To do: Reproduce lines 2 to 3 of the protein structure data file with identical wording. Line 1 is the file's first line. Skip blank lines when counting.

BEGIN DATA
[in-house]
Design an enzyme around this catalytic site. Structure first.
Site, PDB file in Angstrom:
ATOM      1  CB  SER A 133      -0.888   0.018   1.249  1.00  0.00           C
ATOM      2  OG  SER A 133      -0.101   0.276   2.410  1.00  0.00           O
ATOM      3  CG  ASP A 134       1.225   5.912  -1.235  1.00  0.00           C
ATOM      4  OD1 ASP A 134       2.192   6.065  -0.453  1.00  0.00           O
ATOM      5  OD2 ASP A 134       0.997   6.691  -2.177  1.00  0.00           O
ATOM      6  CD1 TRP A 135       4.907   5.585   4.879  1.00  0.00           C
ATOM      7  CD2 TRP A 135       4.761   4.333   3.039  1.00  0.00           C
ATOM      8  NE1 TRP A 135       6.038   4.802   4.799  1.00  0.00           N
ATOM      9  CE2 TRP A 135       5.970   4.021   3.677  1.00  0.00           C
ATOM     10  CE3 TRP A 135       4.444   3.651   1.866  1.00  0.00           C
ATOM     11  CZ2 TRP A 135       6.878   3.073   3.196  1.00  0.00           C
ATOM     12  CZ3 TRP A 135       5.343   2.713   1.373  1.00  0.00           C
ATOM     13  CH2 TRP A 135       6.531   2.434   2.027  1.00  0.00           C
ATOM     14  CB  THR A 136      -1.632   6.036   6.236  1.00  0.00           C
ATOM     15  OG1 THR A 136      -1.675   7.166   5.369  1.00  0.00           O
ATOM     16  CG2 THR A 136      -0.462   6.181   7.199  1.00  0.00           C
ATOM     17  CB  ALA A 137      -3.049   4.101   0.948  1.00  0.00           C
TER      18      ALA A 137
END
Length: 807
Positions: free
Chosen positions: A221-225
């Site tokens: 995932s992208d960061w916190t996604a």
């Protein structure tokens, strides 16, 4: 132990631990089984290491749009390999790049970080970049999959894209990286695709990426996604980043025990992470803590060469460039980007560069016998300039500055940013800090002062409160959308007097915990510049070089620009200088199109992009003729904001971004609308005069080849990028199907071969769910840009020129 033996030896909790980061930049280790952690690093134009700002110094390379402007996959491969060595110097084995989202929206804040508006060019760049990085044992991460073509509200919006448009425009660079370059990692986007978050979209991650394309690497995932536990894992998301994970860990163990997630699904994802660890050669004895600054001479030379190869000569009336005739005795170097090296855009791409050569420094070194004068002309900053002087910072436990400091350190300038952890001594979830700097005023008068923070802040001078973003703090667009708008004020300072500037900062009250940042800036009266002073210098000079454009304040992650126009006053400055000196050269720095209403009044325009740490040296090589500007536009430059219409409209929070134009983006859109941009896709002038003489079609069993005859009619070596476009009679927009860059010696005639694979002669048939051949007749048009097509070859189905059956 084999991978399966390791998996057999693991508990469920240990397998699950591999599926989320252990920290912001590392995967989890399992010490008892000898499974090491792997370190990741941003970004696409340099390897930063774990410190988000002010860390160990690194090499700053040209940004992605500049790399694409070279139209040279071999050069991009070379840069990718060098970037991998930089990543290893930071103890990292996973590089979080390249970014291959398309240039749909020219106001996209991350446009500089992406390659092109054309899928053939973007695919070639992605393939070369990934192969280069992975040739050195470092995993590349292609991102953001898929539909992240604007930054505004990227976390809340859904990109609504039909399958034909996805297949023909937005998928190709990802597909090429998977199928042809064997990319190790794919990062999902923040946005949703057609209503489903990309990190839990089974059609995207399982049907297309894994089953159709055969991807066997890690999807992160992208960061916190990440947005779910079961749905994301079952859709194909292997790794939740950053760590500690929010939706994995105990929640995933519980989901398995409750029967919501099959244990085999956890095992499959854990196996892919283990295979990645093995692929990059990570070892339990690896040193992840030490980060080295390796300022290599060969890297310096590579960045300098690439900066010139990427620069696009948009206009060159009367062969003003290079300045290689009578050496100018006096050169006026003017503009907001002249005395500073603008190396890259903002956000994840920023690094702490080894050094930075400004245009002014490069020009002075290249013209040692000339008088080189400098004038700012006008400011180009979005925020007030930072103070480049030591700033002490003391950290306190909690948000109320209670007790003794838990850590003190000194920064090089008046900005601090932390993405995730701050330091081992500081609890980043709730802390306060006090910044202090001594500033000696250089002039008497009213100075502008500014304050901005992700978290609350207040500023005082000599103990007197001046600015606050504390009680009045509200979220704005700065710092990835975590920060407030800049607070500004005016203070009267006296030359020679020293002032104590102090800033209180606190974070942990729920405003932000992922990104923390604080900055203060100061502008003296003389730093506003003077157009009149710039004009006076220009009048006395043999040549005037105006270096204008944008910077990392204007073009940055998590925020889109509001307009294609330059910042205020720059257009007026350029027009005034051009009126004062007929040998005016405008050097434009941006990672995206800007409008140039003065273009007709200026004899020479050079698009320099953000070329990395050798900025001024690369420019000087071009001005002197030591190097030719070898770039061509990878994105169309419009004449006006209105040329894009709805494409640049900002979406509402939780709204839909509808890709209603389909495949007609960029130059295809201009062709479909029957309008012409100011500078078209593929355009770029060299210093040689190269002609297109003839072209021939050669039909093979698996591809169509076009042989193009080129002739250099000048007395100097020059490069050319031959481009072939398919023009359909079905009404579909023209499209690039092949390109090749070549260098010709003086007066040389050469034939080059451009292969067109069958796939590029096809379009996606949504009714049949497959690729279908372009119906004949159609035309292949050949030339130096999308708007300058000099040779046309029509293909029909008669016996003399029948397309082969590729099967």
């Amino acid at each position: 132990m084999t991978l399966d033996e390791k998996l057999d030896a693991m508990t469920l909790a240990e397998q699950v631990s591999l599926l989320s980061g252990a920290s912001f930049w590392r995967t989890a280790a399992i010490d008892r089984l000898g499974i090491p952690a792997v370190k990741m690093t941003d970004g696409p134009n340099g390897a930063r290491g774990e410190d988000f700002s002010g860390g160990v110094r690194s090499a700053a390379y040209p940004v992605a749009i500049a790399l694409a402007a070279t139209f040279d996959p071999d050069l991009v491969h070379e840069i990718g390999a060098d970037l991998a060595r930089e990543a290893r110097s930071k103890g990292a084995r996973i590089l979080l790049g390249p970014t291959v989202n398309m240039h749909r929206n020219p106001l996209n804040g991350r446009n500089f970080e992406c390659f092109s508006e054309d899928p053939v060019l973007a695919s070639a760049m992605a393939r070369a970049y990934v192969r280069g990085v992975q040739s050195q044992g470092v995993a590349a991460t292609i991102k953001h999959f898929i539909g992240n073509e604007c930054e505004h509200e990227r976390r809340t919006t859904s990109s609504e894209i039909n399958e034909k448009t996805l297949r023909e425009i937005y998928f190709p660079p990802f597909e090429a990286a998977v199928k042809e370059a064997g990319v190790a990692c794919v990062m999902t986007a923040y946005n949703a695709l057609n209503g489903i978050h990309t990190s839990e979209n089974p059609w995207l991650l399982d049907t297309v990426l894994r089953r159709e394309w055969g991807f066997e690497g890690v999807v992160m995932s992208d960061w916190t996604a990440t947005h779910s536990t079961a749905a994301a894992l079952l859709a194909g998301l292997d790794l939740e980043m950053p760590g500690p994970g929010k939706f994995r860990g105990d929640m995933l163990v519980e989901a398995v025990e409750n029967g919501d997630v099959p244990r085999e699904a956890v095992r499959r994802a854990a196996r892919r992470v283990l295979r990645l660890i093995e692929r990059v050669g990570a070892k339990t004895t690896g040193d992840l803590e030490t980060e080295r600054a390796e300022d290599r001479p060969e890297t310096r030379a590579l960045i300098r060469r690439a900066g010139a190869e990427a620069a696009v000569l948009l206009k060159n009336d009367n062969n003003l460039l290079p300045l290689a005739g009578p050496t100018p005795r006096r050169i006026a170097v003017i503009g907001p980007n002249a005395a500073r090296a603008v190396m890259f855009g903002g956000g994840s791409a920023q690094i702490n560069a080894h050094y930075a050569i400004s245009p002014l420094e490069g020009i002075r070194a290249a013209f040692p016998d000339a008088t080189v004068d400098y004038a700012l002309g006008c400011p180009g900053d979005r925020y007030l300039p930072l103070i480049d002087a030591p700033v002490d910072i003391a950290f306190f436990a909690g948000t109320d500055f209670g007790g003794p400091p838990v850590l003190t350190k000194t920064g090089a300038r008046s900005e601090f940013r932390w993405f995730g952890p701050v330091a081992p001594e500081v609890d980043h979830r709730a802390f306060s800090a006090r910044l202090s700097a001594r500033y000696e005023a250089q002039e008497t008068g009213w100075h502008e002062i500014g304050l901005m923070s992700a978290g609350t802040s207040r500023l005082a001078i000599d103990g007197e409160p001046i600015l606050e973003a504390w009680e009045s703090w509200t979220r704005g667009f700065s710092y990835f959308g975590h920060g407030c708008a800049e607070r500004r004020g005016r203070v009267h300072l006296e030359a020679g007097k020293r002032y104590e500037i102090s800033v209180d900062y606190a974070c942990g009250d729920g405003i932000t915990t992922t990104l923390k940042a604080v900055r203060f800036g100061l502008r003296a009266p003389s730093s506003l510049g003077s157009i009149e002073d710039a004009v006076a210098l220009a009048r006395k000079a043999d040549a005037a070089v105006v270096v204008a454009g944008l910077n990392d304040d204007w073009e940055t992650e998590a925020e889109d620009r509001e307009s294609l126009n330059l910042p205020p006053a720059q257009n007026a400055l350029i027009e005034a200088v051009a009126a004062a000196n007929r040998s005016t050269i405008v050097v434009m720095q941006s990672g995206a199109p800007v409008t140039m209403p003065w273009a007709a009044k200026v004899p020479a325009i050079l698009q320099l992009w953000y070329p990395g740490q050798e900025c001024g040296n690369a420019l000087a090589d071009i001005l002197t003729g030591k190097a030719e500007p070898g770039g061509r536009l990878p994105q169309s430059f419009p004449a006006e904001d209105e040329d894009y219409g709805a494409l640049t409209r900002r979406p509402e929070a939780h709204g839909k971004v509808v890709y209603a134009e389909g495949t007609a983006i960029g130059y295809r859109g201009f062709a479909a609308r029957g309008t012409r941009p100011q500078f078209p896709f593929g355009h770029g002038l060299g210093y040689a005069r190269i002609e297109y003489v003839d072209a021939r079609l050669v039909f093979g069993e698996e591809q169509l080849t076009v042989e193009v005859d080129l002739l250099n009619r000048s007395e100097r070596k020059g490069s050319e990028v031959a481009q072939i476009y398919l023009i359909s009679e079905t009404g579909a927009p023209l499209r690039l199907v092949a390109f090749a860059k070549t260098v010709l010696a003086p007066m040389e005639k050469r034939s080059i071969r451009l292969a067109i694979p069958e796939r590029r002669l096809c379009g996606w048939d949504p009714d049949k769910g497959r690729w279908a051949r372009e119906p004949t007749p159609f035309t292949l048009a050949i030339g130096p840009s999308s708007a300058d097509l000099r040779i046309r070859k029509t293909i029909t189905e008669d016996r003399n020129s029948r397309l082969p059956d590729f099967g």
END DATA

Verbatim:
Design an enzyme around this catalytic site. Structure first.
Site, PDB file in Angstrom: